The Midnight Witch by Paula Brackston (St. Martin’s Press, March 25th, 2013)-Paula Brackston’s The Midnight Witch transports us to 1913 London, to a country on the brink of war, and a young woman grieving for the loss of her beloved father. However, the death of her father is not all that Lilith has to contend with. She must prepare herself to become the new Head Witch of the Lazarus Coven, to take over the title that her father held until his untimely death. When she begins the ceremony that will cement her new place as Head Witch, she is challenged, and must call a demon and send it back into the Darkness in order to prove her worth. This she does, but at terrible cost. Soon, she realizes the Sentinels, a band of sorcerers that are even more ancient than the witches, are determined to undermine her position as head of the Lazarus Coven, and not only that, they are after a sacred and very powerful artifact, one that Lilith, and her coven, are bound beyond all else to protect. Bonds are a big theme in The Midnight Witch, actually. Lilith and her coven are bound to secrecy, not allowed to reveal their status to those outside the circle. Lilith is engaged to marry a fellow witch, Louis, who she cares deeply about (they grew up together and are dear friends), but does not truly love, although he loves her deeply. Lilith is also the daughter of a duke, with a brother who is hopelessly addicted to opium, but whom she fiercely loves. She’s expected to take part in all that high society has to offer, but when she meets Bram Cardale, artist and son of a steel worker, love begins to bloom, and it’s a love that she can’t ignore. Can Lilith fulfill the obligations of her coven, and her station, and make a life with Bram as well?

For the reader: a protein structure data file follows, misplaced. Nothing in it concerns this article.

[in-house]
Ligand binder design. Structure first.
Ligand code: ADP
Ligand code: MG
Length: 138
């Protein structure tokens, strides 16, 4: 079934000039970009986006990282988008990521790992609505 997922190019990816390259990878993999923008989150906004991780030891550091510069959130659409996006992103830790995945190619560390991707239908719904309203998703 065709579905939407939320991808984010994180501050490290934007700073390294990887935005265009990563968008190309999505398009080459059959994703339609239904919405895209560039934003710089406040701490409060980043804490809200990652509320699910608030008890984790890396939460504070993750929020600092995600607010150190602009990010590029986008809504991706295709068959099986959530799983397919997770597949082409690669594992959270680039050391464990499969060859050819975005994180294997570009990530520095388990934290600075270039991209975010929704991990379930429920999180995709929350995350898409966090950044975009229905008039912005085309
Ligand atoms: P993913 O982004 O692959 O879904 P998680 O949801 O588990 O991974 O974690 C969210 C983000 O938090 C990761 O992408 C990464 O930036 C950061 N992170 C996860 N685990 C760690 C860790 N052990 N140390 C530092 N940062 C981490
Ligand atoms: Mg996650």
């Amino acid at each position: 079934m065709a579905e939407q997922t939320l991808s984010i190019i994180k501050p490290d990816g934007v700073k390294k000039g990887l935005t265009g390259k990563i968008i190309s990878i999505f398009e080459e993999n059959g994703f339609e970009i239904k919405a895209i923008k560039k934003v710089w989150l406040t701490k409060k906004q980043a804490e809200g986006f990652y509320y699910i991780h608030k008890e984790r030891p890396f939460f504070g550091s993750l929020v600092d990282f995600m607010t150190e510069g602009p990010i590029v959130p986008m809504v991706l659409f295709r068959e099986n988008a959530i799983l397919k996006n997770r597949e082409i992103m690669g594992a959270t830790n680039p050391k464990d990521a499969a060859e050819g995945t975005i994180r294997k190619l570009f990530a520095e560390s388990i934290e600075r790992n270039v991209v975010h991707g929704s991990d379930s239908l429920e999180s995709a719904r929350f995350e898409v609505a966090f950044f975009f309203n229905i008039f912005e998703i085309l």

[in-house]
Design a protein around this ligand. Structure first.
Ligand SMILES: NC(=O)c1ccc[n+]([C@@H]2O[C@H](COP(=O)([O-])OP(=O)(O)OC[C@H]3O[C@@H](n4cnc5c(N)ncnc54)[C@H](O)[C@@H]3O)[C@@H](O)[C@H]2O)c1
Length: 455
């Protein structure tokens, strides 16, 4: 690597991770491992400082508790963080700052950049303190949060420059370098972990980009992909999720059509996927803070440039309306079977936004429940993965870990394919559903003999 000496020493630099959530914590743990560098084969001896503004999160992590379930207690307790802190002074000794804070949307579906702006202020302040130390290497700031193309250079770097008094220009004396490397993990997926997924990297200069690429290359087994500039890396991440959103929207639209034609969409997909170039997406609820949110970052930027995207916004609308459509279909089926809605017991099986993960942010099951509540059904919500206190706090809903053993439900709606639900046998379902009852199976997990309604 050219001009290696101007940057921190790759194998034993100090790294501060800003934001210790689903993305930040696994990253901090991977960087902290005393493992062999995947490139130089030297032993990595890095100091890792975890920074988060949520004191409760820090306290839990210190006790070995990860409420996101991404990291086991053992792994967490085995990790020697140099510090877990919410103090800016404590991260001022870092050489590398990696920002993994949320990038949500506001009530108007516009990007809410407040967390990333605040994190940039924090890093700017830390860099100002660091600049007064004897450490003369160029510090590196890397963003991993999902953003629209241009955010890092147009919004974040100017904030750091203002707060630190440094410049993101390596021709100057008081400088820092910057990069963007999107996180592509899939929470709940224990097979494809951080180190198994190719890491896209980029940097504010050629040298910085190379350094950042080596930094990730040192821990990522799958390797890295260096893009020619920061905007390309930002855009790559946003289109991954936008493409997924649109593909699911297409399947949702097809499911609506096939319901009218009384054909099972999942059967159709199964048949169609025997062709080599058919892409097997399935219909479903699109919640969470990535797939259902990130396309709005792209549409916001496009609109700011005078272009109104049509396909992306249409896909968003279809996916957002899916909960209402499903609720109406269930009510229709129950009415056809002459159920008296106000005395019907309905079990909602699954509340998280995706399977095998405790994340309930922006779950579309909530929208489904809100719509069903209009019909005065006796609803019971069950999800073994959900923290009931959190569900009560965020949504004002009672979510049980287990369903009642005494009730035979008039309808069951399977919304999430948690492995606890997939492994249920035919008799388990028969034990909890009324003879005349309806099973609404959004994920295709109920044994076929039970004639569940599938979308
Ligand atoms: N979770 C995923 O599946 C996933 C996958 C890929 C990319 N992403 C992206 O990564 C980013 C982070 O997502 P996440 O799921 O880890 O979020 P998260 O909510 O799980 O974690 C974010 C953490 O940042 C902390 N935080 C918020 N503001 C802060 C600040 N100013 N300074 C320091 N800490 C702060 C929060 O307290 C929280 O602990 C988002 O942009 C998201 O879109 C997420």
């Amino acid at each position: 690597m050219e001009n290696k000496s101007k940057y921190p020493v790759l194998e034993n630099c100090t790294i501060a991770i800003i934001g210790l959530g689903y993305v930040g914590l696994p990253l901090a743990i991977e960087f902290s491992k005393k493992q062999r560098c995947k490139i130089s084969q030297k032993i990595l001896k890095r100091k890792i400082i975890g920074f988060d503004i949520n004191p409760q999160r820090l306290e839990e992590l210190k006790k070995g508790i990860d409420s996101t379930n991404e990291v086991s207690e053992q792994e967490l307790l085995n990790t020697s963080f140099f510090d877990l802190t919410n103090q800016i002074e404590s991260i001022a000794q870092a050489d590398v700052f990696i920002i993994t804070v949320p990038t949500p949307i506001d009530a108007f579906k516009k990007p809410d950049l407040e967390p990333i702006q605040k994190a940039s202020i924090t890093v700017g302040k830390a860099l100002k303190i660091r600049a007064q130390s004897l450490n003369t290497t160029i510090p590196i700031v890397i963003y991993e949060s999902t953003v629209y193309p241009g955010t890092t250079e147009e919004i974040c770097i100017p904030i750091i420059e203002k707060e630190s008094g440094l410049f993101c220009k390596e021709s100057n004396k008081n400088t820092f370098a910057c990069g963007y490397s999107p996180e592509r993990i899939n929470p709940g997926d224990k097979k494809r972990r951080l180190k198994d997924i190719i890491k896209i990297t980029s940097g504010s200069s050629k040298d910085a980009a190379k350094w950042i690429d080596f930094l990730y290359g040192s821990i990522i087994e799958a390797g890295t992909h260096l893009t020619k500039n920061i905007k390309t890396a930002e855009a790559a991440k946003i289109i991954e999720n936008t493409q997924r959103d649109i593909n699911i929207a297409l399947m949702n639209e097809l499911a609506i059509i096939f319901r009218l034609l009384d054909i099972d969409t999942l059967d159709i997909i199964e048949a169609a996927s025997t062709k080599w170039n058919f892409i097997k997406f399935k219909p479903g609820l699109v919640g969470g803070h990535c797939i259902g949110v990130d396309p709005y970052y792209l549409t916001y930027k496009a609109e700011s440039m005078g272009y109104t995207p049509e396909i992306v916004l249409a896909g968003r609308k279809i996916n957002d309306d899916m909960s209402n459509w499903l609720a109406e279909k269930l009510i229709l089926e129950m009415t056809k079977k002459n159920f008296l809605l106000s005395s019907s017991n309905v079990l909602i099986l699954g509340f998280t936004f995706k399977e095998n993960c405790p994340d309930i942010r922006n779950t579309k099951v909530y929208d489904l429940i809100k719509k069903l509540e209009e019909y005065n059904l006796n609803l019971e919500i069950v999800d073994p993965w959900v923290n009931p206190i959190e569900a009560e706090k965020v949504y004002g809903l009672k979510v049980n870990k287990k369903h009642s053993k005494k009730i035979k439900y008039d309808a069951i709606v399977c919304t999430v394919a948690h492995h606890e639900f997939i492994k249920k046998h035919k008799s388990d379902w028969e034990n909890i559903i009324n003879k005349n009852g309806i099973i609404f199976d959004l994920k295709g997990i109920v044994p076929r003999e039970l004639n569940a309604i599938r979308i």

In The Midnight Witch, Brackston lovingly crafts the sights and sounds of prewar London, and the opulence of Lilith’s high society lifestyle, while giving us a heroine, and even a hero to root for. If Lilith seems a bit selfish and spoiled in the beginning, the ensuing events do quite a bit to mature her and by the time the story (drawn across several years) concludes, she’s a mature young woman, worthy of her coven’s trust and more than able to fend for herself and those she loves. Her journey isn’t without danger. In fact, as a woman that constantly hears the voices of the dead, she is keenly aware of the thin veil between life and death, and how easy it is to lose everything in a flash. She’s also up against some very determined, power hungry adversaries. The narrative alternates between first person with Lilith, brief interludes with the villain, and a third person account of Bram’s experience as an artist’s apprentice to a stone sculptor, and witch, Richard Mangan, who lives with his wife and children, and his utterly glamorous German mistress (and muse) and her child in his Bohemian household. Bram’s medium is paint, however, and there is no better muse than Lilith herself. Bram’s love for Lilith is all encompassing, and he’s determined to win her at any cost.
I enjoyed this love story set against one of my favorite periods in history, and although there is magic, this is Lilith and Bram’s story, above all, and of course, they are a very much star-crossed lovers. Although it didn’t grip me quite as much as The Winter Witch (there were a few slow patches and I didn’t warm to Lilith until a bit later in the story), I’m kind of a sucker for these kinds of love stories (a bit of magic doesn’t hurt.) Also, the utterly charming and larger-than-life Mangan and his noisy, robust, and very unconventional family were an undeniable treat.